may be made on minutes to set Judgment and order affirmed. aside verdict because it is "contrary Opinion by Smith, J.; Talcott, to law.” Code of Civil Proc., SP.J., and Hardin, J., concurring. 999. That ground of motion was superadded by the present Code to those specified in sec. 264, Code of RECEIVER. PARTITION. SUP

PLEMENTARY PROCEEDProc. Under the Old Code the court could not entertain a motion on the

INGS. minutes to set aside verdict on the N. Y. SUPERIOR COURT. GENERAL ground that it was contrary to the

TERM. instructions of the court. 51 N. Y., 244. And there was doubt as to the

Isaac S. Miller, rec'r:, v. Eli Levy

et al. power under the Code, in a case where the jury bad rendered a ver- Decided June 18, 1880. dict against the clear and uncontra- Where a receiver in proceedings supplementdicted evidence in the case, and con

ary to execution is appointed, and the judgtrary to law, 39 N. Y., 313, the pro- ment debtor by direction of the writ exvision of New Code above adverted ecutes a conveyance of all his right, tiile and

interest in certain real estate to such receiver to was probably intended to meet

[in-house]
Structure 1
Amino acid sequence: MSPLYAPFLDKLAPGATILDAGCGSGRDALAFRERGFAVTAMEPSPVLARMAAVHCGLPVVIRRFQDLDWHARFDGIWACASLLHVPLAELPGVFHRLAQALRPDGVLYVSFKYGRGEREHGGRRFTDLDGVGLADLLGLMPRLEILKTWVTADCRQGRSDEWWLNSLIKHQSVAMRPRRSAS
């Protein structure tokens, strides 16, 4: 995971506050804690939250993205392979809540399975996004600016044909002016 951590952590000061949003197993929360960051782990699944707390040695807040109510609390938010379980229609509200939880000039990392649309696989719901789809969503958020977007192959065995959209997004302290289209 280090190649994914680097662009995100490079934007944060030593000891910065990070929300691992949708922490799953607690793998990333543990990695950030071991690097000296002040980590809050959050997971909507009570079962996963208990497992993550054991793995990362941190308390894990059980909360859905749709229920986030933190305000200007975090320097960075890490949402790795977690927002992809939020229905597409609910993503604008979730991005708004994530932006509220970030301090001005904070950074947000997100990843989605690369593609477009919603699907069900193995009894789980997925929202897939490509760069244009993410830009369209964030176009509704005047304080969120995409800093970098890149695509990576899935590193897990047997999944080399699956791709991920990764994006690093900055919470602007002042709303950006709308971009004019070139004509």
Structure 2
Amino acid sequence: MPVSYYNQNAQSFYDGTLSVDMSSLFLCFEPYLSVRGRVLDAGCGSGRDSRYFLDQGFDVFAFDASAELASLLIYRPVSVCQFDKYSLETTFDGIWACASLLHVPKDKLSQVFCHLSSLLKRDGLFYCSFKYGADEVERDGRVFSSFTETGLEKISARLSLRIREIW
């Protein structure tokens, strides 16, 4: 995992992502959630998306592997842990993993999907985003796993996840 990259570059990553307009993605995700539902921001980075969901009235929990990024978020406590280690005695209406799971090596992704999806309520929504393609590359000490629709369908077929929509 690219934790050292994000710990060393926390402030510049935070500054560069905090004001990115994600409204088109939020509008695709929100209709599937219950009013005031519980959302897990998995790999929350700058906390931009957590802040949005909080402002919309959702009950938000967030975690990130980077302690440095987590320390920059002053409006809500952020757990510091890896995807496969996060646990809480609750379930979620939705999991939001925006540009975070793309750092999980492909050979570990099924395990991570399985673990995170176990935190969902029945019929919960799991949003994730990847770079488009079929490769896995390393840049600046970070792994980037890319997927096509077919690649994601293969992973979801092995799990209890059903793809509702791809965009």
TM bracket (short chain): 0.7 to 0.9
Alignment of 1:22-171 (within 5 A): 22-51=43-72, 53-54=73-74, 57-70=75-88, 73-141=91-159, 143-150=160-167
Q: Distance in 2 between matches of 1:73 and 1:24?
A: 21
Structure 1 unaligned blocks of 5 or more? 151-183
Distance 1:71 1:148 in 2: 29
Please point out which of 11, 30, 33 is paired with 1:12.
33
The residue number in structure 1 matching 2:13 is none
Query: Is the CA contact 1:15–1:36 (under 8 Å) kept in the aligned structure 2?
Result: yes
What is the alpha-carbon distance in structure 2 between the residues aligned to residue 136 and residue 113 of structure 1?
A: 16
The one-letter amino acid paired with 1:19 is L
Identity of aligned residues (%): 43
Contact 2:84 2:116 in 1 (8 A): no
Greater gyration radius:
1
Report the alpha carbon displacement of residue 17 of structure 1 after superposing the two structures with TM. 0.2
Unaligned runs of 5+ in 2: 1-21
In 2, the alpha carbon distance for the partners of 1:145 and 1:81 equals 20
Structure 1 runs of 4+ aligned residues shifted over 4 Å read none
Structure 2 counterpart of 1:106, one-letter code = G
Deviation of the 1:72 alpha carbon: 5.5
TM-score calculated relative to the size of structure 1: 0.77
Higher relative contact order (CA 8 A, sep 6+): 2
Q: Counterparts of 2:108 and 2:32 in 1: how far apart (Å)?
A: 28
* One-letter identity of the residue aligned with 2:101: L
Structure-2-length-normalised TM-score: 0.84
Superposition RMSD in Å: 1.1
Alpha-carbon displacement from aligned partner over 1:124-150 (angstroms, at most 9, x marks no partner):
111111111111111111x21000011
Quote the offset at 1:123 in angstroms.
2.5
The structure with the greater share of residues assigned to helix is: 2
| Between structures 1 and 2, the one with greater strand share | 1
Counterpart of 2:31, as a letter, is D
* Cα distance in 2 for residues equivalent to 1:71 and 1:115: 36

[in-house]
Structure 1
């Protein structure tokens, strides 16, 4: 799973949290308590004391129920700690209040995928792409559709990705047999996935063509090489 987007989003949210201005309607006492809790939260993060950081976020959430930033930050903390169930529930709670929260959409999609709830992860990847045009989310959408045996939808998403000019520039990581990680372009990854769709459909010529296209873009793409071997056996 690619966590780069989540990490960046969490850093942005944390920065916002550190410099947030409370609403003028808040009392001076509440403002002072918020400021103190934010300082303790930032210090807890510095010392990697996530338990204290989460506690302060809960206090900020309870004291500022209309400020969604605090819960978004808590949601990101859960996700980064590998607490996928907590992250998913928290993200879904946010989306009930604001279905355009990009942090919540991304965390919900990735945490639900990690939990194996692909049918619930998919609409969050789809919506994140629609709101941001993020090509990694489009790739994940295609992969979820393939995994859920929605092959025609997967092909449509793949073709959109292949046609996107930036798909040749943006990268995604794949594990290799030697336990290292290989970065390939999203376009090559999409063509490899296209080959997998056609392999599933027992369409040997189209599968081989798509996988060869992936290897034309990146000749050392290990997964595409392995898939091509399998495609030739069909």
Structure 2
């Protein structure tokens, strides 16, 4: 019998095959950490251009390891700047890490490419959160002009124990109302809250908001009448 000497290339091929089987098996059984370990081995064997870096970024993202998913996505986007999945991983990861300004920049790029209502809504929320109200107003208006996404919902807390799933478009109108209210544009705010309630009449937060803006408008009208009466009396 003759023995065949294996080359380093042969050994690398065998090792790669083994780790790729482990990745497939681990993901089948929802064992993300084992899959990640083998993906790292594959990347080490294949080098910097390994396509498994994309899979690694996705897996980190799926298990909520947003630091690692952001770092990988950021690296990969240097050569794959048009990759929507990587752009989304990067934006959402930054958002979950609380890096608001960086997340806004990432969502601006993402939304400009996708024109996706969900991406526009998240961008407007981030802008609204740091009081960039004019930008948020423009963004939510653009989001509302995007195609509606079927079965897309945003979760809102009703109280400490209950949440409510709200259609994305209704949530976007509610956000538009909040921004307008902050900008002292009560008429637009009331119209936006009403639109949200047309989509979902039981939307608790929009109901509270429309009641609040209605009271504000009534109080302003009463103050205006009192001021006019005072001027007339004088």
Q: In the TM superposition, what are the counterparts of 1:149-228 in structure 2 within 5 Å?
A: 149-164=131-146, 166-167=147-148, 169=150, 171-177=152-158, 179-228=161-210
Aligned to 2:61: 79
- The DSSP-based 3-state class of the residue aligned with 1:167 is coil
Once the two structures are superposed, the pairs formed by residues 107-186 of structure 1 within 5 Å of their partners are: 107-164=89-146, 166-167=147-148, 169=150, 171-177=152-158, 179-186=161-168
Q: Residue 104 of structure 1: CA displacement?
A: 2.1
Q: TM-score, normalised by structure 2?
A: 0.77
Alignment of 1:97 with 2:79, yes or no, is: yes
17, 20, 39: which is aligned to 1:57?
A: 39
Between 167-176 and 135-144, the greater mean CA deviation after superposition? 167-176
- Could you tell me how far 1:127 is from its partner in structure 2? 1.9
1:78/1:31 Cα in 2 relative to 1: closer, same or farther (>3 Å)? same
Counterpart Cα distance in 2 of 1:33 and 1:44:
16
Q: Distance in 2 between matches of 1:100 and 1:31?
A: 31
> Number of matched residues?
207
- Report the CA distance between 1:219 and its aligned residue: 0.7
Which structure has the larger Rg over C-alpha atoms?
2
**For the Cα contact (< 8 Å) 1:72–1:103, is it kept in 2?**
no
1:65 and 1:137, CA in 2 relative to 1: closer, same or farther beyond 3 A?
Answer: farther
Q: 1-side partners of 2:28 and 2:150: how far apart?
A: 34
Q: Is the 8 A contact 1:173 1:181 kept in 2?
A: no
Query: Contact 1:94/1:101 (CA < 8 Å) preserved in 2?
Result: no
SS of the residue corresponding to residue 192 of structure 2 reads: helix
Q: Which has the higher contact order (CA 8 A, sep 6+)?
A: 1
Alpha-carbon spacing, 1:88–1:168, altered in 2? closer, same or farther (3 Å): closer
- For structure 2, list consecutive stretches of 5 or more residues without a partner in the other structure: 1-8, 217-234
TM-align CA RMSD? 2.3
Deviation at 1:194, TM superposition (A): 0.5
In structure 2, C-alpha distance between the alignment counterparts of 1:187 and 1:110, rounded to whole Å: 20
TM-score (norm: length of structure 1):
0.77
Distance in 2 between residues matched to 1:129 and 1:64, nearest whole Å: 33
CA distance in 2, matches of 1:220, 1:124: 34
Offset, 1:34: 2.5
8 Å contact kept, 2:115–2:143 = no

who commences an action for a partition of those cases, but it is very question

the premises, and is appointed receiver able whether it was intended to pendente lite of the rents and profits of the authorize a motion to set aside the premises, the latter order will be reversed verdict on the minutes, on the

on appeal by the defendants interested in the

partition suits. ground of an error in the charge, to which no exception was taken, and Appeal by the defendants, execuwhich, if the attention of the trial tors, &c., of Abraham Levy, dejudge had been directed to it by an ceased, from an order appointing exception, might have been cor- the plaintiff receiver of the rents rected at the trial. But passing and profits of certain real estate dethat question, the charge referred to vised by the deceased, pending an was unobjectionable. (3d), The action for a partition of the same. meaning of the words excepted to is The plaintiff was appointed remade plain by the context. The ceiver of the property of the defendsubstance of it is, that the con-ant, Leopold Levy, in proceedings ductor, knowing that plaintiff had supplementary to an execution, June a ticket, was bound to assume that 30, 1877. The judgment debtor,